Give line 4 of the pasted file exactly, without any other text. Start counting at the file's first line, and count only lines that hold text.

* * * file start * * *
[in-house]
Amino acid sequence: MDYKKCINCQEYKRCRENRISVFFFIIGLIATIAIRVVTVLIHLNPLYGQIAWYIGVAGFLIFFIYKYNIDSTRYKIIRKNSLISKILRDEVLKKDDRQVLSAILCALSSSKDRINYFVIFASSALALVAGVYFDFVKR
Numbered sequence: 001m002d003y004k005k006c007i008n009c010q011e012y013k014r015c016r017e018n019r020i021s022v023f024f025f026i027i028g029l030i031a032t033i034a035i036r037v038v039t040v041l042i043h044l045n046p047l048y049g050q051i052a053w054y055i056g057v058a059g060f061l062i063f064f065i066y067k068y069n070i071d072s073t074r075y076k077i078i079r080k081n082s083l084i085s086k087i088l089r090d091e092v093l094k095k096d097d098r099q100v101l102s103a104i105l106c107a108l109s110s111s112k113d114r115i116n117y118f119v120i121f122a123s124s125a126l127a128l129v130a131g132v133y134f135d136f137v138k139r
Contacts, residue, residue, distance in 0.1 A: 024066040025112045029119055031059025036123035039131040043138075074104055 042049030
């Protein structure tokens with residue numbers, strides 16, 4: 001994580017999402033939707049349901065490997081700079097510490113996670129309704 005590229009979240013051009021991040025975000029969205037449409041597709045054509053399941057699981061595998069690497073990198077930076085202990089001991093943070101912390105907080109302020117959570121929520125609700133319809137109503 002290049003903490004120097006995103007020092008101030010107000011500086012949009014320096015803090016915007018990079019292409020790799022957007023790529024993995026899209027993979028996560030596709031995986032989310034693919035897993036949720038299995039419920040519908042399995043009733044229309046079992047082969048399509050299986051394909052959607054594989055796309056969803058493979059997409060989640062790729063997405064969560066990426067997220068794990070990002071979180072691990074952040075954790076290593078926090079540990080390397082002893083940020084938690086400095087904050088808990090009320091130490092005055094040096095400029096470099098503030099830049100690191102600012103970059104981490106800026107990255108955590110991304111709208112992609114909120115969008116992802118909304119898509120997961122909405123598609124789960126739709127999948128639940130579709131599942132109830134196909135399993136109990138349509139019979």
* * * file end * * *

Contacts, residue, residue, distance in 0.1 A: 024066040025112045029119055031059025036123035039131040043138075074104055 042049030